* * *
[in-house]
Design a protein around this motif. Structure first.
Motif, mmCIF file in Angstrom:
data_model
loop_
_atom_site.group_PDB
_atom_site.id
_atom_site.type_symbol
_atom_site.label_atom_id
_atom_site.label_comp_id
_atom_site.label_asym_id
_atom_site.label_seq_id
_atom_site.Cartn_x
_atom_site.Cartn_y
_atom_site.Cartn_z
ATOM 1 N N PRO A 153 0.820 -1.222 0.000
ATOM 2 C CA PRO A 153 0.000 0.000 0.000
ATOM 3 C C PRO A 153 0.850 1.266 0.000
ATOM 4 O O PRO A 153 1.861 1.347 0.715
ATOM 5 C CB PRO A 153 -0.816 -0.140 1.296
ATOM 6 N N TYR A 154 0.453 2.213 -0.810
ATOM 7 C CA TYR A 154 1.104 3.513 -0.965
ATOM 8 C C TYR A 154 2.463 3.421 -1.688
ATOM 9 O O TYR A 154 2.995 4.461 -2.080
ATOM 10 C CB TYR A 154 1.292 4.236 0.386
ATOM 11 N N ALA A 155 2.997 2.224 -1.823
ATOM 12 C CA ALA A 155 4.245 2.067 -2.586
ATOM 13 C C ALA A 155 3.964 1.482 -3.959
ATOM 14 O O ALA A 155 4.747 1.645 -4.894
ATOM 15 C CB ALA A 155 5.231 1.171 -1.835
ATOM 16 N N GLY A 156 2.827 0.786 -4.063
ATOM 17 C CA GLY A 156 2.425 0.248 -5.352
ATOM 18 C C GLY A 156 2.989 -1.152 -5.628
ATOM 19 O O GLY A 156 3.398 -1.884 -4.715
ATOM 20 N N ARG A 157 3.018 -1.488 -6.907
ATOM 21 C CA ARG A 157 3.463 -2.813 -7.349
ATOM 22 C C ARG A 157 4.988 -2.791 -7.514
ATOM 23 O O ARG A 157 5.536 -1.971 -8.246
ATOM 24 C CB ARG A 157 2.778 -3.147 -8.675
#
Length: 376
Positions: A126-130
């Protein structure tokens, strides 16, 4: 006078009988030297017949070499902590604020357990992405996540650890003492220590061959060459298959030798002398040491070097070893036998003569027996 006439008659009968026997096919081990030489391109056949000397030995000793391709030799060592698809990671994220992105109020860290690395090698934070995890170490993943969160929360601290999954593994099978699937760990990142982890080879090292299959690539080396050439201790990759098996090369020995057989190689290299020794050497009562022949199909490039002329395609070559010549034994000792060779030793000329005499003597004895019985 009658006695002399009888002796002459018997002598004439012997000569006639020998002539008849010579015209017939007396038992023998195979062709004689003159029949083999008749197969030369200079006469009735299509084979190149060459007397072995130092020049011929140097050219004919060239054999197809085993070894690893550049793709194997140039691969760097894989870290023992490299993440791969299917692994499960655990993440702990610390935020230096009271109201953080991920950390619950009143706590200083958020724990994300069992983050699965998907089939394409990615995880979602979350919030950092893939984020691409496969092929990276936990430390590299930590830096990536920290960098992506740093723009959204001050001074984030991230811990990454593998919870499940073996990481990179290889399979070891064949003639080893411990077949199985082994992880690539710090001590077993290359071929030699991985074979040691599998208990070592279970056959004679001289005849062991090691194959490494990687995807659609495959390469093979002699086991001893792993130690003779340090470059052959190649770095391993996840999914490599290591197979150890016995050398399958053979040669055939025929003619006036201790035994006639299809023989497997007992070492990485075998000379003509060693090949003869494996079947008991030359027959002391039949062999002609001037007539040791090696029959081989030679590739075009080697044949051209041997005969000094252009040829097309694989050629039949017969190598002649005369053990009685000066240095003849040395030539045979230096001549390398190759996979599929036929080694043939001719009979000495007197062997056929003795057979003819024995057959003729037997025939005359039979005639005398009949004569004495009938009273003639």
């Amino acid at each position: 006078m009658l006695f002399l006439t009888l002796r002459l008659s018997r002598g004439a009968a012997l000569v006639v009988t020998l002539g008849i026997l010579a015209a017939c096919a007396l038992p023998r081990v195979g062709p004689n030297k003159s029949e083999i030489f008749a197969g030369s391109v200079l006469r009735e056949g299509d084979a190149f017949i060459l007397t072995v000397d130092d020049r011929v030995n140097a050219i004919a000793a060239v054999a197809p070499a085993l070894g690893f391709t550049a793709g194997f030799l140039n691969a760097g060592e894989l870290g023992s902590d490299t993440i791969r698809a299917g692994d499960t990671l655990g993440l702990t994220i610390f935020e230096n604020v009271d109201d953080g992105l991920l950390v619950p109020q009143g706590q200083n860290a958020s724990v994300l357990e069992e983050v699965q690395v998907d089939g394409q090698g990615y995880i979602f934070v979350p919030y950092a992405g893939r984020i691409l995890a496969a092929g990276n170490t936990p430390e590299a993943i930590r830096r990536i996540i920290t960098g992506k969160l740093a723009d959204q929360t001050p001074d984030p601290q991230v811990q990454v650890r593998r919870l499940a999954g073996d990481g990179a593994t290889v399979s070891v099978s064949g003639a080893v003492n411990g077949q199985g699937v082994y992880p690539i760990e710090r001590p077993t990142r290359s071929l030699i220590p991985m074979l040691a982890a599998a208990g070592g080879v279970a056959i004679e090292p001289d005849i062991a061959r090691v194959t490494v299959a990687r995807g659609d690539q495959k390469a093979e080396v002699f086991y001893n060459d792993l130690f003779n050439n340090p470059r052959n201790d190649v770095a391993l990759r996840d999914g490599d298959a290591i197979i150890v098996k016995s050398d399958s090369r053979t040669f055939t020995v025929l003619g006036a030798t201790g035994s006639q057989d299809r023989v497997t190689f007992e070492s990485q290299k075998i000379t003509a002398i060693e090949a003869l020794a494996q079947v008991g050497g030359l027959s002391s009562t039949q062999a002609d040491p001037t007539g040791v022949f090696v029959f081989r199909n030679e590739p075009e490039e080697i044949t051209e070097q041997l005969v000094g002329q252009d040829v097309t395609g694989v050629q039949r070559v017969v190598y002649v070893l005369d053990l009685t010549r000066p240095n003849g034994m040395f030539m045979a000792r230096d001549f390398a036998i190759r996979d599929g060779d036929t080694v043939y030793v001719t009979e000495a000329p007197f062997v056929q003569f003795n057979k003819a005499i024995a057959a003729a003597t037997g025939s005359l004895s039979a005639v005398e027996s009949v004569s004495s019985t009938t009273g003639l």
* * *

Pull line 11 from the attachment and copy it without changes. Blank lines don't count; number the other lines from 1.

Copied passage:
_atom_site.label_asym_id